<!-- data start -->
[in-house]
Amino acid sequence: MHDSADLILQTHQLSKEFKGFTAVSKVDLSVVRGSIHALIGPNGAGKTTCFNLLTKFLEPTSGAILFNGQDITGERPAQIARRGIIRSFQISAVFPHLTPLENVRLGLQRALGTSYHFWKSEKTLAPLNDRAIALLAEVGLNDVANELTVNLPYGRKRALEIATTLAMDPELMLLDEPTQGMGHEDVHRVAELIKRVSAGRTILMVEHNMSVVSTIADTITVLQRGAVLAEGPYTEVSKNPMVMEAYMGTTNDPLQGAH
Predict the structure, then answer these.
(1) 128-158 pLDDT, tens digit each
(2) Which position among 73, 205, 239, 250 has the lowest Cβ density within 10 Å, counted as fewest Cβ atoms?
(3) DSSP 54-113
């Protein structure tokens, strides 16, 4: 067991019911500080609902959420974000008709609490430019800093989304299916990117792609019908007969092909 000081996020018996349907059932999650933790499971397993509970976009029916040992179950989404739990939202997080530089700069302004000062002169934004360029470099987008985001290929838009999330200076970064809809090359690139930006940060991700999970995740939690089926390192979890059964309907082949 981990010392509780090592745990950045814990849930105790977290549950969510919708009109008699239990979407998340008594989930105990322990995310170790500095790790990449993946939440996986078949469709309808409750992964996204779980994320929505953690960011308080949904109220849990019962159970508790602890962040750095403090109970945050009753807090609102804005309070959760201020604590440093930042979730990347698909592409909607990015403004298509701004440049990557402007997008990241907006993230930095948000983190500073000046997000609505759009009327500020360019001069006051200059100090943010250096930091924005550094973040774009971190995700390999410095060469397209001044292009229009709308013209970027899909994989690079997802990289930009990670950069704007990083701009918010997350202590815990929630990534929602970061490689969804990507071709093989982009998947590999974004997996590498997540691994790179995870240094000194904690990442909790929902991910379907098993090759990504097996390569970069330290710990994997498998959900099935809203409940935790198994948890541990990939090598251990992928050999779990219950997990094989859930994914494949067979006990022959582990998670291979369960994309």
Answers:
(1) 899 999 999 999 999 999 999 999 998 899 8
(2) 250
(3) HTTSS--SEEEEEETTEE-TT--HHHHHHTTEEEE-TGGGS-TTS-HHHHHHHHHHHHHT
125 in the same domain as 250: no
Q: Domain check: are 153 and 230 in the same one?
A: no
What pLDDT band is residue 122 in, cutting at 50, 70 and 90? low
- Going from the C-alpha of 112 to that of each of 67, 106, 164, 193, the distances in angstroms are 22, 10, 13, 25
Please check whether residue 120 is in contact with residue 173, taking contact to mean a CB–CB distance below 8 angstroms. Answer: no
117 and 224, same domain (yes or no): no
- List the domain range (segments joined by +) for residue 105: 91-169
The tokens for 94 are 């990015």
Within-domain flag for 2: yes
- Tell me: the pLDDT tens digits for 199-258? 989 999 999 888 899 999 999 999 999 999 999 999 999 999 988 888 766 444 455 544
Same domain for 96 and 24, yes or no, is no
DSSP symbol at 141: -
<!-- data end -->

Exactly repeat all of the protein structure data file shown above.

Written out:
[in-house]
Amino acid sequence: MHDSADLILQTHQLSKEFKGFTAVSKVDLSVVRGSIHALIGPNGAGKTTCFNLLTKFLEPTSGAILFNGQDITGERPAQIARRGIIRSFQISAVFPHLTPLENVRLGLQRALGTSYHFWKSEKTLAPLNDRAIALLAEVGLNDVANELTVNLPYGRKRALEIATTLAMDPELMLLDEPTQGMGHEDVHRVAELIKRVSAGRTILMVEHNMSVVSTIADTITVLQRGAVLAEGPYTEVSKNPMVMEAYMGTTNDPLQGAH
Predict the structure, then answer these.
(1) 128-158 pLDDT, tens digit each
(2) Which position among 73, 205, 239, 250 has the lowest Cβ density within 10 Å, counted as fewest Cβ atoms?
(3) DSSP 54-113
């Protein structure tokens, strides 16, 4: 067991019911500080609902959420974000008709609490430019800093989304299916990117792609019908007969092909 000081996020018996349907059932999650933790499971397993509970976009029916040992179950989404739990939202997080530089700069302004000062002169934004360029470099987008985001290929838009999330200076970064809809090359690139930006940060991700999970995740939690089926390192979890059964309907082949 981990010392509780090592745990950045814990849930105790977290549950969510919708009109008699239990979407998340008594989930105990322990995310170790500095790790990449993946939440996986078949469709309808409750992964996204779980994320929505953690960011308080949904109220849990019962159970508790602890962040750095403090109970945050009753807090609102804005309070959760201020604590440093930042979730990347698909592409909607990015403004298509701004440049990557402007997008990241907006993230930095948000983190500073000046997000609505759009009327500020360019001069006051200059100090943010250096930091924005550094973040774009971190995700390999410095060469397209001044292009229009709308013209970027899909994989690079997802990289930009990670950069704007990083701009918010997350202590815990929630990534929602970061490689969804990507071709093989982009998947590999974004997996590498997540691994790179995870240094000194904690990442909790929902991910379907098993090759990504097996390569970069330290710990994997498998959900099935809203409940935790198994948890541990990939090598251990992928050999779990219950997990094989859930994914494949067979006990022959582990998670291979369960994309």
Answers:
(1) 899 999 999 999 999 999 999 999 998 899 8
(2) 250
(3) HTTSS--SEEEEEETTEE-TT--HHHHHHTTEEEE-TGGGS-TTS-HHHHHHHHHHHHHT
125 in the same domain as 250: no
Q: Domain check: are 153 and 230 in the same one?
A: no
What pLDDT band is residue 122 in, cutting at 50, 70 and 90? low
- Going from the C-alpha of 112 to that of each of 67, 106, 164, 193, the distances in angstroms are 22, 10, 13, 25
Please check whether residue 120 is in contact with residue 173, taking contact to mean a CB–CB distance below 8 angstroms. Answer: no
117 and 224, same domain (yes or no): no
- List the domain range (segments joined by +) for residue 105: 91-169
The tokens for 94 are 């990015």
Within-domain flag for 2: yes
- Tell me: the pLDDT tens digits for 199-258? 989 999 999 888 899 999 999 999 999 999 999 999 999 999 988 888 766 444 455 544
Same domain for 96 and 24, yes or no, is no
DSSP symbol at 141: -